# CTE Resource Center - Verso - Computer Information Systems, Advanced Task 1967260513

CTE Resource Center - Verso

Virginia’s CTE Resource Center

Investigate the design of Web sites for accessibility and accommodation of special needs (i.e., Americans with Disabilities Act, multilingual).

Definition

Investigation should be conducted by reviewing Internet sites that provide

  • Web content accessibility guidelines based on the Americans with Disabilities Act
  • methods for accommodating multilingual users.

Related Standards of Learning

English

10.5

The student will read, interpret, analyze, and evaluate nonfiction texts.
  1. Analyze text features and organizational patterns to evaluate the meaning of texts.
  2. Recognize an author’s intended audience and purpose for writing.
  3. Skim materials to develop an overview and locate information.
  4. Compare and contrast informational texts for intent and content.
  5. Interpret and use data and information in maps, charts, graphs, timelines, tables, and diagrams.
  6. Draw conclusions and make inferences on explicit and implied information using textual support as evidence.
  7. Analyze and synthesize information in order to solve problems, answer questions, and generate new knowledge.
  8. Analyze ideas within and between selections providing textual evidence.
  9. Summarize, paraphrase, and synthesize ideas, while maintaining meaning and a logical sequence of events, within and between texts.
  10. Use reading strategies throughout the reading process to monitor comprehension.

10.8

The student will find, evaluate, and select credible resources to create a research product.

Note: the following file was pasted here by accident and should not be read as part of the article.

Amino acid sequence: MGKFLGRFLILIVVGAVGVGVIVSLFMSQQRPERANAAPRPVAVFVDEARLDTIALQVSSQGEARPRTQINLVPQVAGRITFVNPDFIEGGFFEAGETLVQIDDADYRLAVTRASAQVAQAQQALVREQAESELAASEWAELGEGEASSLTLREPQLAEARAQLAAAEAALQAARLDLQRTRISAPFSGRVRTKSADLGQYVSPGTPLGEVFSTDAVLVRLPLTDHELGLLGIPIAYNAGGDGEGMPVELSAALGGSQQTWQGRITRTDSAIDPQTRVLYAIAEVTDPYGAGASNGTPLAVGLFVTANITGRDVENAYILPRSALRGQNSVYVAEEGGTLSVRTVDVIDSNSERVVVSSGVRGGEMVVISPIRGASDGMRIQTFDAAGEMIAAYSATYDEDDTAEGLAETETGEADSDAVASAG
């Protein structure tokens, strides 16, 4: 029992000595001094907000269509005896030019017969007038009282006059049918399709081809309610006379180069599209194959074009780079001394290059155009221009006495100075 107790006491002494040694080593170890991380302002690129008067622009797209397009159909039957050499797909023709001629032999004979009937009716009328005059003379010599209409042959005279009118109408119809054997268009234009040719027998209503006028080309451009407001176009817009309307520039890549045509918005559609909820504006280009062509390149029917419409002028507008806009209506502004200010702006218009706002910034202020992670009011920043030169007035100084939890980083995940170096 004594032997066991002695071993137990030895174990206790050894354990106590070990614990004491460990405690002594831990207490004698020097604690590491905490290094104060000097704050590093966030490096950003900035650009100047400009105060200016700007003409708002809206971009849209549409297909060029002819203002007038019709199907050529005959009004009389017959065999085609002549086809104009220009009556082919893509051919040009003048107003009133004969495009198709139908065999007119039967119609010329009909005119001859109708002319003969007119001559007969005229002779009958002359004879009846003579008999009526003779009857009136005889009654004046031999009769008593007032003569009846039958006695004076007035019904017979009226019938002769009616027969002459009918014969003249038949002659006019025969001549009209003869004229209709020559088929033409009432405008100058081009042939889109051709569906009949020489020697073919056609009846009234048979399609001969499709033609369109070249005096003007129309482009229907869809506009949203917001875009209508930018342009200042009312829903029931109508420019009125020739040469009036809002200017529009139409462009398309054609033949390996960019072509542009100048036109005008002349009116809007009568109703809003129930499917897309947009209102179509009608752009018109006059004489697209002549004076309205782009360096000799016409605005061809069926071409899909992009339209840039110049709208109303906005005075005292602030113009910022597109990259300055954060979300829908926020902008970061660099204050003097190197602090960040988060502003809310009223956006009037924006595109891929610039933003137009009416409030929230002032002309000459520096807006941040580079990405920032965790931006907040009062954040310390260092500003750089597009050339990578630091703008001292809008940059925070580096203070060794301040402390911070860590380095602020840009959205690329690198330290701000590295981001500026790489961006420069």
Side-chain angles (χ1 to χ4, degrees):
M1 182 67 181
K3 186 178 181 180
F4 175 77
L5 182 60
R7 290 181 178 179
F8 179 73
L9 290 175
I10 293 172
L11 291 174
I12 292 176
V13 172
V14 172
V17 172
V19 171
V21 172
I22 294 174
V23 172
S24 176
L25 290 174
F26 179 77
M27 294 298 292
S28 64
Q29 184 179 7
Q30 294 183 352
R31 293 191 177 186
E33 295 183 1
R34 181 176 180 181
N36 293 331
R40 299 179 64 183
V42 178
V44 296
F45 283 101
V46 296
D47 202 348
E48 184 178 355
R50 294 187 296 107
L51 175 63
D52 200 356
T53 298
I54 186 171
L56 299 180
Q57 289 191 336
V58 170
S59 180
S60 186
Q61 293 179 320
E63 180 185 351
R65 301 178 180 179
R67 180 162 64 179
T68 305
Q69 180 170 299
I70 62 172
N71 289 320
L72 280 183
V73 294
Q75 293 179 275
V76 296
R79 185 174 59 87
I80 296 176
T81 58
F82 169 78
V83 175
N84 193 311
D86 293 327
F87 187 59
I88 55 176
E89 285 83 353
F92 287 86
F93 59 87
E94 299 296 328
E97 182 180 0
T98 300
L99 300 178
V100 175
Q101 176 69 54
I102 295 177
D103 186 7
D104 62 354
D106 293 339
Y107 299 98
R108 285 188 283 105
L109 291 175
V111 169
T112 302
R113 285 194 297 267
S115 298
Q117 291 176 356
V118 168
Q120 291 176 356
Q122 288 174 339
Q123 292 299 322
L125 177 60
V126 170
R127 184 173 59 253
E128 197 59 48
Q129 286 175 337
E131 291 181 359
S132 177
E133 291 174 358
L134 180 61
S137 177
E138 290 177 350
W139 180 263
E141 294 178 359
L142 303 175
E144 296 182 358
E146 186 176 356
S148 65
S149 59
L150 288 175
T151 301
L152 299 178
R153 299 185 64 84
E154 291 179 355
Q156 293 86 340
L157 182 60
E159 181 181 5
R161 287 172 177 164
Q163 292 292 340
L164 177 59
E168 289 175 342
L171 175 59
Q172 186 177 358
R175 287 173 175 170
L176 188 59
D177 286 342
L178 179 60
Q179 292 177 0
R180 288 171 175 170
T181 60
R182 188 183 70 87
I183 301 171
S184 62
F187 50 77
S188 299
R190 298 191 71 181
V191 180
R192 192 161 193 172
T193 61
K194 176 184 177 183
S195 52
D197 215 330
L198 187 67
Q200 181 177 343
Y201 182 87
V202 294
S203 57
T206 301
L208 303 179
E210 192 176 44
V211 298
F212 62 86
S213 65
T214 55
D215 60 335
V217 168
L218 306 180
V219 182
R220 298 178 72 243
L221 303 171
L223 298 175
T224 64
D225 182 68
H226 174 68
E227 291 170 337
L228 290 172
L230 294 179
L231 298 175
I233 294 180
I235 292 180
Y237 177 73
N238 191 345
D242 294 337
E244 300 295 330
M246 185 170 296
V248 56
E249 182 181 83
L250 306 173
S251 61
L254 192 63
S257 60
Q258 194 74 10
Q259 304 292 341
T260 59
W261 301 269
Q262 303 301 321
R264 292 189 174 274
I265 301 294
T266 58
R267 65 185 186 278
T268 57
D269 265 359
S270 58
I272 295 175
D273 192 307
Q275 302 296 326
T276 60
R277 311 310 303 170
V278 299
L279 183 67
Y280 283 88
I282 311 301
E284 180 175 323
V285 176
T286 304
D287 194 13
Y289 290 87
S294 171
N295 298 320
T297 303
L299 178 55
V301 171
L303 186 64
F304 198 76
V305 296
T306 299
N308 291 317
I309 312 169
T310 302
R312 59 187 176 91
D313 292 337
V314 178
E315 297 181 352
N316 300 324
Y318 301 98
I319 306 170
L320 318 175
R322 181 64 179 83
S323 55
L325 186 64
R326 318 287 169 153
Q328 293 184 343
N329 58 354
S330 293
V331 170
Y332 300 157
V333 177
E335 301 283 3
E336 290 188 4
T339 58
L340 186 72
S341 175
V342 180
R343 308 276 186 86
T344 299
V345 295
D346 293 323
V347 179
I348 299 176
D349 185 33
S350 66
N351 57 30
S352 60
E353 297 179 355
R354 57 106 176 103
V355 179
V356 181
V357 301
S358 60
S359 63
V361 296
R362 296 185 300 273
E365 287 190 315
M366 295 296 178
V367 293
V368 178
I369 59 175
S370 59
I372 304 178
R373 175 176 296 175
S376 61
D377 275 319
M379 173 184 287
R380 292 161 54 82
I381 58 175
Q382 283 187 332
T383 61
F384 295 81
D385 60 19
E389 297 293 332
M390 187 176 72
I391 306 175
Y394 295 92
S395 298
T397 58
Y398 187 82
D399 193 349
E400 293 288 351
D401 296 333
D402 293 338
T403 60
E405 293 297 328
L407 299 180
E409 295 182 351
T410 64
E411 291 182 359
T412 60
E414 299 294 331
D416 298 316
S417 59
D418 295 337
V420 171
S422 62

1. Verify the accuracy, validity, and usefulness of information.
  2. Analyze information gathered from diverse sources by identifying misconceptions, main and supporting ideas, conflicting information, and point of view or bias.
  3. Evaluate and select evidence from a variety of sources to introduce counter claims and to support claims.
  4. Cite sources for both quoted and paraphrased ideas using a standard method of documentation, such as that of the Modern Language Association (MLA) or the American Psychological Association (APA).
  5. Define the meaning and consequences of plagiarism and follow ethical and legal guidelines for gathering and using information.
  6. Demonstrate ethical use of the Internet.

11.5

The student will read, interpret, analyze, and evaluate a variety of nonfiction texts including employment documents and technical writing.
  1. Apply information from texts to clarify understanding of concepts.
  2. Read and correctly interpret an application for employment, workplace documents, or an application for college admission.
  3. Analyze technical writing for clarity.
  4. Paraphrase and synthesize ideas within and between texts.
  5. Draw conclusions and make inferences on explicit and implied information using textual support.
  6. Analyze multiple texts addressing the same topic to determine how authors reach similar or different conclusions.
  7. Analyze false premises, claims, counterclaims, and other evidence in persuasive writing.